“Puts a tingle in your fingers and a tingle in your feet”
A week bookended by cabaret turns from Debbie Kurup can be no bad thing indeed and whilst we covered the catalogue of Kander + Ebb earlier in the week, it’s now the turn of Cy Coleman to get the tribute treatment with Rhythm of Life, the world premiere of a revue which has the added bonus of 5 never-performed-in-London-before songs from the Cy Coleman archive. Joining Kurup was Marti Webb, John Barr and Cedric Neal with musical director Michael Webborn leading them from his piano.
And when focused on the music, this is some enchanted evening indeed (to borrow a phrase). Coleman’s compositions include such classics as Sweet Charity, On The Twentieth Century and City of Angels (recently seen at the Donmar Warehouse), I can’t honestly include Barnum in that number… Lesser known works also shine in this format, the best songs cherry-picked from shows like The Life and Seesaw, demonstrating the wide range of collaborators with whom he worked across his career.
And whether a much-welcomed Marti Webb driving through ‘Nobody Does It Like Me’, Kurup’s dryly comic romp through ‘The Oldest Profession’, Barr ingeniously flipping the script on ‘Never Met A Man I Didn’t Like’ or Neal’s impassioned ‘Use What You Got’, even the not-so-familiar songs sounded great here, more than matching the expected brilliance of Kurup nailing ‘Big Spender’ or Neal – a surprise package for those who didn’t see the Open Air’s Porgy & Bess – shining on ‘The Best Is Yet To Come’.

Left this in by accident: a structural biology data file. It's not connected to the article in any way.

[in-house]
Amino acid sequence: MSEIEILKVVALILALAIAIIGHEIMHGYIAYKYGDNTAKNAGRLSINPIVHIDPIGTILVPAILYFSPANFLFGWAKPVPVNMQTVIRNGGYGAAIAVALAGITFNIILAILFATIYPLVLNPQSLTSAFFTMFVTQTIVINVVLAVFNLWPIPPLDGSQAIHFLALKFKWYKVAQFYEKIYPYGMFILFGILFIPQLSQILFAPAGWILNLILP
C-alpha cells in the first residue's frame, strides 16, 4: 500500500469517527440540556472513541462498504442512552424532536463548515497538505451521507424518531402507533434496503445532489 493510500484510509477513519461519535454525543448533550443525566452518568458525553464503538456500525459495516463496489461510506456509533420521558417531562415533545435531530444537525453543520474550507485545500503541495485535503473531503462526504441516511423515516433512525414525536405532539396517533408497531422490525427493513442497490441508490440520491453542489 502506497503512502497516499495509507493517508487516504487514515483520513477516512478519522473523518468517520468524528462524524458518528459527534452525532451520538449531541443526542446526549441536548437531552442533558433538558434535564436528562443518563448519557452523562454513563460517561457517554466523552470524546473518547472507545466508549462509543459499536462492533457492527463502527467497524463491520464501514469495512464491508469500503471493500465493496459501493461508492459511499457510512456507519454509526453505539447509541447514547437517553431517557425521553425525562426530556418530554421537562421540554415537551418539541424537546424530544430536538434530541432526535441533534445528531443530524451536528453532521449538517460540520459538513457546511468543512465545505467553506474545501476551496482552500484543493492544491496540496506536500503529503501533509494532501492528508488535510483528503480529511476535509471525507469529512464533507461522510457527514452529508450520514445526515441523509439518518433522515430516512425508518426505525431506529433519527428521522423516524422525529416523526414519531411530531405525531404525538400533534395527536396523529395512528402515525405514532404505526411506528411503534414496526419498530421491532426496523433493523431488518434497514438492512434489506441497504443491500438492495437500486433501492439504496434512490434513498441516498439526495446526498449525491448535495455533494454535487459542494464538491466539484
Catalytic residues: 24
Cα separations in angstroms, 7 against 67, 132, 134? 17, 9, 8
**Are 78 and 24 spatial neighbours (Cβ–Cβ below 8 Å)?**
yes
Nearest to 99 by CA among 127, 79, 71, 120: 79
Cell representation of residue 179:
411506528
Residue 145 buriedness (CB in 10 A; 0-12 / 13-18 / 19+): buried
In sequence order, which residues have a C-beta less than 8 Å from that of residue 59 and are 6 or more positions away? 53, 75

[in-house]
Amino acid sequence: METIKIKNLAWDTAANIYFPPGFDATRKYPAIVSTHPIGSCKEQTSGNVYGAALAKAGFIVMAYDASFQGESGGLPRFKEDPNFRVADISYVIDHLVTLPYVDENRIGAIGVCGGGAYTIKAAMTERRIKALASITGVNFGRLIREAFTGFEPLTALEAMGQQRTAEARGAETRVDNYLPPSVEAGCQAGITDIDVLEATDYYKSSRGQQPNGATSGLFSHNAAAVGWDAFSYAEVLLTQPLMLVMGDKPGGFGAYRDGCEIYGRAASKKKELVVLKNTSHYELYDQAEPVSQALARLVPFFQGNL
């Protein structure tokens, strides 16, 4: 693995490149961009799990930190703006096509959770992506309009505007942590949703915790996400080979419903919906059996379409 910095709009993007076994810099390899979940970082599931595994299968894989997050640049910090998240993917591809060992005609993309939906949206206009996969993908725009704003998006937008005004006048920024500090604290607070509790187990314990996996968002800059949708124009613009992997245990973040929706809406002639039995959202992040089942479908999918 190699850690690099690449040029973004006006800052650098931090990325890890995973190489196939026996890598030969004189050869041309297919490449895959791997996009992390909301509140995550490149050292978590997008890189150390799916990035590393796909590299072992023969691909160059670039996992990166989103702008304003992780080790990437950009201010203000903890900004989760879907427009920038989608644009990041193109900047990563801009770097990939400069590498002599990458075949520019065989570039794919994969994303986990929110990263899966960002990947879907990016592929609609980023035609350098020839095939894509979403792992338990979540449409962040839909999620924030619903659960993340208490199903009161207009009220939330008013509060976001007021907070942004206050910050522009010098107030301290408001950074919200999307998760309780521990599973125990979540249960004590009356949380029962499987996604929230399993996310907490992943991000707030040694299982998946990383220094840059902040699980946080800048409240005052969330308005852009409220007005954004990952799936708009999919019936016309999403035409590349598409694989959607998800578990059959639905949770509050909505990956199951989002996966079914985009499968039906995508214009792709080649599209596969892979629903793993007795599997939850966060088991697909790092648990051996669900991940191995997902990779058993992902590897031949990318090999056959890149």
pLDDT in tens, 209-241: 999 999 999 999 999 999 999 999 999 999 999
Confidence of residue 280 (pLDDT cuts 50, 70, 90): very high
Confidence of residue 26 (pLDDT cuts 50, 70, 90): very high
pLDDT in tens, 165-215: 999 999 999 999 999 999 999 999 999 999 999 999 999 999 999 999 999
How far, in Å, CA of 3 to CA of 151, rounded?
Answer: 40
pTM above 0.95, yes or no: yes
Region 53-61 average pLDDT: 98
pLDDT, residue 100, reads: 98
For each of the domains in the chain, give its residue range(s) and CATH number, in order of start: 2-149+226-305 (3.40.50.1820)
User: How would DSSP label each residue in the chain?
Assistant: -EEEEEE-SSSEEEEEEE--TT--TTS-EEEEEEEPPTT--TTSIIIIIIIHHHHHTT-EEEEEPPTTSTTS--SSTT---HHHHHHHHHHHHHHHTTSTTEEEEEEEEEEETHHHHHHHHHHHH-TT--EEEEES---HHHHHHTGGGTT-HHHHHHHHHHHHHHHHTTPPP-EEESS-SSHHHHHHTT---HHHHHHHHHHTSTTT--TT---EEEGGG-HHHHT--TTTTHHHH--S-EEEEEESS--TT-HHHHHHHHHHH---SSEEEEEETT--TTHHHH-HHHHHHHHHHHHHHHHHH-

The downside came with the use of recorded commentary to fill in the gaps, erring towards the sycophantic in terms of the commentary offered and to the awkward in leaving the performers idling on the stage. A good revue needs its thematic links entertainingly but efficiently put across and so if this show is to go on and have further life, as surely it will, it could usefully look at this. Otherwise, it is an illuminating and fun show.